Frank Rijkaard insists that he has no plans to quit Barcelona but that did not stop him highlighting his credentials as a purveyor of the beautiful game to potential employers that include Chelsea's Roman Abramovich.
A Champions League semi-final defeat by Manchester United here on Tuesday has left Barca's coach facing the sack at the end of another trophy-less season but it is certain the amiable and articulate Dutchman will not be without work for long.
Avram Grant may have guided Chelsea to within sight of both the Premier League and Champions League trophies but even his closest friends would not claim that he has got close to delivering the fluid, attacking football that Abramovich craved sufficiently to ditch Jose Mourinho one month into the season.
Silverware may yet save Grant's skin but the odds on there being a vacancy at Stamford Bridge this summer remain short, and Rijkaard looks increasingly like the favourite to fill it.
In that context, it was notable that, in the wake of Tuesday's defeat, he opted to qualify his praise for English clubs' current domination of the Champions League with an expression of regret that they do not play with more flair. Rijkaard regrets that the entertainment value of England's domestic competitions is not matched by performances of the country's leading clubs in Europe.
“Results are very important of course, but I think they also have a lot more to give on the pitch to the public,” he said.
“Their style is different in Europe and that is why it is successful. I think it started with the foreign coaches who have organised things very well and they have great players.
“But sometimes it is a pity because it is not the most beautiful way of football.”
“The level of the English teams now is very high,” Rijkaard acknowledged. “If it were not for the fact they had to play against each other, we could easily have seen four teams in the semis.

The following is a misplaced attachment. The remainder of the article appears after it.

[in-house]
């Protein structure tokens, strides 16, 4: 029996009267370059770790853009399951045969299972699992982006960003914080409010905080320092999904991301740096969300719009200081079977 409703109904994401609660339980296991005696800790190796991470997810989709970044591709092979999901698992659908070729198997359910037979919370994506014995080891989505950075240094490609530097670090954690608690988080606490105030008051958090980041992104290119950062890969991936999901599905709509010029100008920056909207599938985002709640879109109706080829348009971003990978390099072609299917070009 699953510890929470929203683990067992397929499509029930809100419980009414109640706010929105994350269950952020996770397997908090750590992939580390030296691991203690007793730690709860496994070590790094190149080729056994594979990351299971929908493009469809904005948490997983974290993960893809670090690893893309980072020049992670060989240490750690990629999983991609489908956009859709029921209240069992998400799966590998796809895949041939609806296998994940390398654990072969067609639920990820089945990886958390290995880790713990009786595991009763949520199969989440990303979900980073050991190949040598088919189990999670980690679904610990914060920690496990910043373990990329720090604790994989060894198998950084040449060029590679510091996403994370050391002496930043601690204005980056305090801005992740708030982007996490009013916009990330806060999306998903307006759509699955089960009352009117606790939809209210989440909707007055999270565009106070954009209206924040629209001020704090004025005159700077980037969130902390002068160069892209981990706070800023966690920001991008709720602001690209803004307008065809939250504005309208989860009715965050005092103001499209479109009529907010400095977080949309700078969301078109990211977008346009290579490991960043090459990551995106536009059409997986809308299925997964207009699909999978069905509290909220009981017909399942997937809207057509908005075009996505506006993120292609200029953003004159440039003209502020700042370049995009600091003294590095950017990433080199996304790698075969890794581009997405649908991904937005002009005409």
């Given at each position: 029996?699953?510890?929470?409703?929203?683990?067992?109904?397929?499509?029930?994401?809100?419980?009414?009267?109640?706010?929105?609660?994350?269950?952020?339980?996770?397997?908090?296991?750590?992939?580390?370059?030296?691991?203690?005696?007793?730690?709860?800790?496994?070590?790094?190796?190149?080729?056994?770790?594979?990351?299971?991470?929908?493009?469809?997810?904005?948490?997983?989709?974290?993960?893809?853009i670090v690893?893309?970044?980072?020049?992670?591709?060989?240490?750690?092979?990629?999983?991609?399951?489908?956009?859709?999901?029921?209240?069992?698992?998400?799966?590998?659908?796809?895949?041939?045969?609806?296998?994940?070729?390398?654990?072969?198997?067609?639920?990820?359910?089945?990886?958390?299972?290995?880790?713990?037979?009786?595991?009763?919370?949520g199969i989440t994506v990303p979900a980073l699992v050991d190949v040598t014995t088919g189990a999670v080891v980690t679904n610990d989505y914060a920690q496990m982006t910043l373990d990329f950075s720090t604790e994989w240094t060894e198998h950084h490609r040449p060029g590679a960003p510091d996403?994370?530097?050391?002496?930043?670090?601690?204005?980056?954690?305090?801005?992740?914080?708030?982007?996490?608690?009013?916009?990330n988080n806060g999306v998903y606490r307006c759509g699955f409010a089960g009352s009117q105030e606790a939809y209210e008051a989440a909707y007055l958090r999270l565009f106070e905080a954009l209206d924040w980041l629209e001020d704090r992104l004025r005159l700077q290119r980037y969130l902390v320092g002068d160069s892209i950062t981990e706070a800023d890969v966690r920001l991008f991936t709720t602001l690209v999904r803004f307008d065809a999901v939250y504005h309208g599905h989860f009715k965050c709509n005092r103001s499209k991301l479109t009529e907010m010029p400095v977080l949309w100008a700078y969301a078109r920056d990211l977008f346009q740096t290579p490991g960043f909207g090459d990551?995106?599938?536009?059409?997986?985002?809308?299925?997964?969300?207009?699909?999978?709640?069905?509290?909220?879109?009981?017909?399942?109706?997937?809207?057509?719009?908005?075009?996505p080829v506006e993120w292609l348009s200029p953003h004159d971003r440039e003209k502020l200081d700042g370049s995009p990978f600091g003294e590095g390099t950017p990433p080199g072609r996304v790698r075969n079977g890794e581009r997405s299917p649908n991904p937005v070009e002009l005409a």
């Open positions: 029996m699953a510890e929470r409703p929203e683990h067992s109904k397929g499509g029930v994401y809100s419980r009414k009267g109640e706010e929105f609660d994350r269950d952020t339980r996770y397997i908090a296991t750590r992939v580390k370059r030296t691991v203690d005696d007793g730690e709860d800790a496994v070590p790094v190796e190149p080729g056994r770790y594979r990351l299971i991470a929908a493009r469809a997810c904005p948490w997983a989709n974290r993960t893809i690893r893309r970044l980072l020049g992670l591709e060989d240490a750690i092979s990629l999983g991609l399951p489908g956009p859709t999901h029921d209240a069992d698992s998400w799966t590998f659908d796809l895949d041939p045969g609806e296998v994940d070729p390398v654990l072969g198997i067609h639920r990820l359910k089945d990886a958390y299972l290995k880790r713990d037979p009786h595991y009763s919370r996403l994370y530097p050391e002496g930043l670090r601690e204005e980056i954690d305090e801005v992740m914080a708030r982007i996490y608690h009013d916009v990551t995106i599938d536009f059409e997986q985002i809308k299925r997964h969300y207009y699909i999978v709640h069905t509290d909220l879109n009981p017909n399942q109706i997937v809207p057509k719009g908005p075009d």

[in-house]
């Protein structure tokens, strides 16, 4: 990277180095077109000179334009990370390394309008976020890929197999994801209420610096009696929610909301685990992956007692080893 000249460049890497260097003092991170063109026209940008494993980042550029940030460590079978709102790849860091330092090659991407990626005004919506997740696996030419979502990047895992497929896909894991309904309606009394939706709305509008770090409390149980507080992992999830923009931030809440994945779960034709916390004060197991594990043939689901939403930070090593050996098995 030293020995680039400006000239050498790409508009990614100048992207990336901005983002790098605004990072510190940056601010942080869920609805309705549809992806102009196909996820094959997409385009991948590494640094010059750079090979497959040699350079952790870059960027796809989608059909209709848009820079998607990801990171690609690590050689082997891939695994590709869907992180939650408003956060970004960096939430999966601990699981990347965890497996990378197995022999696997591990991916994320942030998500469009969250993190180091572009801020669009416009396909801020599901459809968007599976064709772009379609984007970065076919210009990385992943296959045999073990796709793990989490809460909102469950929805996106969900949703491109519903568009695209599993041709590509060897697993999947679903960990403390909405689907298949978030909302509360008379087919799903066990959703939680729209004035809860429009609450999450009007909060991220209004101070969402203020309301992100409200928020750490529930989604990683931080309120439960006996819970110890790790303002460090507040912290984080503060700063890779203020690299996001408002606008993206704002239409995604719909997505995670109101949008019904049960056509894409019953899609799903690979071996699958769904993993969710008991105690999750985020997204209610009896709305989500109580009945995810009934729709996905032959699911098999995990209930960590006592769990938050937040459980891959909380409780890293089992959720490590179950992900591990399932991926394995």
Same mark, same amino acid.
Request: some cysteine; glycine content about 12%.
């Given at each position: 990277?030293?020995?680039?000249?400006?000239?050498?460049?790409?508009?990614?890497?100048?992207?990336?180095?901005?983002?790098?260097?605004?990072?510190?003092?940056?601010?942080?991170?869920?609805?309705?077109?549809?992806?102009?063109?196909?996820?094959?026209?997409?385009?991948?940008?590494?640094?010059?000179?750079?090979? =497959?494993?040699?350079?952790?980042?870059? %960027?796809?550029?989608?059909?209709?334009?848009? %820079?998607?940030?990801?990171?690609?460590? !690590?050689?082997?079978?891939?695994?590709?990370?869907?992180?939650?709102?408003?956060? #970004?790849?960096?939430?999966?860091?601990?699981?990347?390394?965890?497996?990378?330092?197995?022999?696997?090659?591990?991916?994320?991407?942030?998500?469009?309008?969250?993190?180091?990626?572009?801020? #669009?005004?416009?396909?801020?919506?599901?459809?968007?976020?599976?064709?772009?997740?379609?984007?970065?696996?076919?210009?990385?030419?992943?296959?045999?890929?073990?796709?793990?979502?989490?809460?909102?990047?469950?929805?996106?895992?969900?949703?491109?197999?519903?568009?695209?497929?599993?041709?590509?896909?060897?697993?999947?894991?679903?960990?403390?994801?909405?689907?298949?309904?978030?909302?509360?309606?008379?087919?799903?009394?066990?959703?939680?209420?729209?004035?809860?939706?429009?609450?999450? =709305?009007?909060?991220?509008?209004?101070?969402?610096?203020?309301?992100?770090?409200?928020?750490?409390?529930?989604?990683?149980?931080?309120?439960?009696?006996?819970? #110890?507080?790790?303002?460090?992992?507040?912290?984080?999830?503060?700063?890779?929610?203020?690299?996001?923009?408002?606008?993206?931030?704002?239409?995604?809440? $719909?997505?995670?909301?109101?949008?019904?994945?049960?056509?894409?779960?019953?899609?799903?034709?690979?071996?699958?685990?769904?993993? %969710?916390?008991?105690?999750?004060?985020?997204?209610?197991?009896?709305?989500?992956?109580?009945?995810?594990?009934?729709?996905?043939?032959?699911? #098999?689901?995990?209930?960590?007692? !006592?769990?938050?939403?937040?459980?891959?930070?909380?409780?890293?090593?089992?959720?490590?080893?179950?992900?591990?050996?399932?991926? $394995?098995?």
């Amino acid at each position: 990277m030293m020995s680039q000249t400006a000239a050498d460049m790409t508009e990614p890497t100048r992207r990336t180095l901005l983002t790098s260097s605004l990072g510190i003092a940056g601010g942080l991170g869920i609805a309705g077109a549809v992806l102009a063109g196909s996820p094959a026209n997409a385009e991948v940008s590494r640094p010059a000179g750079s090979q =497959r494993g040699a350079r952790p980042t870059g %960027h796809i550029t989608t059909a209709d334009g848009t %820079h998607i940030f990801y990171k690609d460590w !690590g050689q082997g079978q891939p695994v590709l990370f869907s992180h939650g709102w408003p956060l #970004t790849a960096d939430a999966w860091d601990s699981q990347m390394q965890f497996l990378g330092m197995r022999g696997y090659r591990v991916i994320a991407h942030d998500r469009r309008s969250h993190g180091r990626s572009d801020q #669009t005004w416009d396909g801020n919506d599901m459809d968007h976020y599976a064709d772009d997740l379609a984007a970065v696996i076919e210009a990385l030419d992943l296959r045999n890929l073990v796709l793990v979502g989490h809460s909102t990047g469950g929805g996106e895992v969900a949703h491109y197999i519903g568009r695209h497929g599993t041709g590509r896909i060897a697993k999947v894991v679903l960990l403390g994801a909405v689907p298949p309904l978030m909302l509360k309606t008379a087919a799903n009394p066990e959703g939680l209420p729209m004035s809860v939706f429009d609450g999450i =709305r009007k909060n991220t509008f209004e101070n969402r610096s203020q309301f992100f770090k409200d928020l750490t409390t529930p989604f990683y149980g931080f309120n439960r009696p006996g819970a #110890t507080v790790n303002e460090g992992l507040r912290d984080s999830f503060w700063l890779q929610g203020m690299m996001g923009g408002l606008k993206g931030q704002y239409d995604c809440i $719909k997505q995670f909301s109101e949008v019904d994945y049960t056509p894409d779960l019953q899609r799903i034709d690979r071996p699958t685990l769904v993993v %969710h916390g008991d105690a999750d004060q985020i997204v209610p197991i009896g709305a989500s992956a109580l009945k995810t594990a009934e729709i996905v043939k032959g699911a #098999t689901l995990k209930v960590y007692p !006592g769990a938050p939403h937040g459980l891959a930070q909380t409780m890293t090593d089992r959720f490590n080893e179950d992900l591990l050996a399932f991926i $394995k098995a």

“They are very difficult to beat, very strong and very disciplined. In European games they all get behind the ball when they lose it, they are very well organised and play on the counter attack. It is really tough to beat English teams.”
Despite that gracious acknowledgement of how the balance of power in European football has shifted,Sir Alex Ferguson, did not dispute Rijkaard's suggestion that United's tactics over the two legs of the semi-final had been cautious, admitting he had stressed to his players the importance of denying Barca space in midfield.
The tactic worked well with the Catalans largely restricted to shots from outside the box in both legs of the tie.
“If you try and meet them too early they can open you up because they always have an extra man in midfield,” Ferguson reflected. “I think what Frank means is that we did not go hell for leather, trying to defend too early. I think he would have liked that if we had.”
Rijkaard's removal from the hot seat at the Nou Camp is now regarded as inevitable in Catalonia, but the Dutchman insisted he would not walk away from the club he guided to Champions League glory three years ago.
“That thought has not entered my head,” he insisted. “I have no intention of leaving.
“It would be a different case if the players were saying it was time to go but that is not the case. Barcelona are a massive club and there are people to take the decisions at the end of the season if decisions need to be taken.”
Rijkaard admitted his side's lack of a cutting edge had cost them the chance of a place in next month's final in Moscow.
“We did everything but score,” he said. “It was a very even game, if anything we had the better of the play. But the rules are that the team that scores goes through and they did that.”
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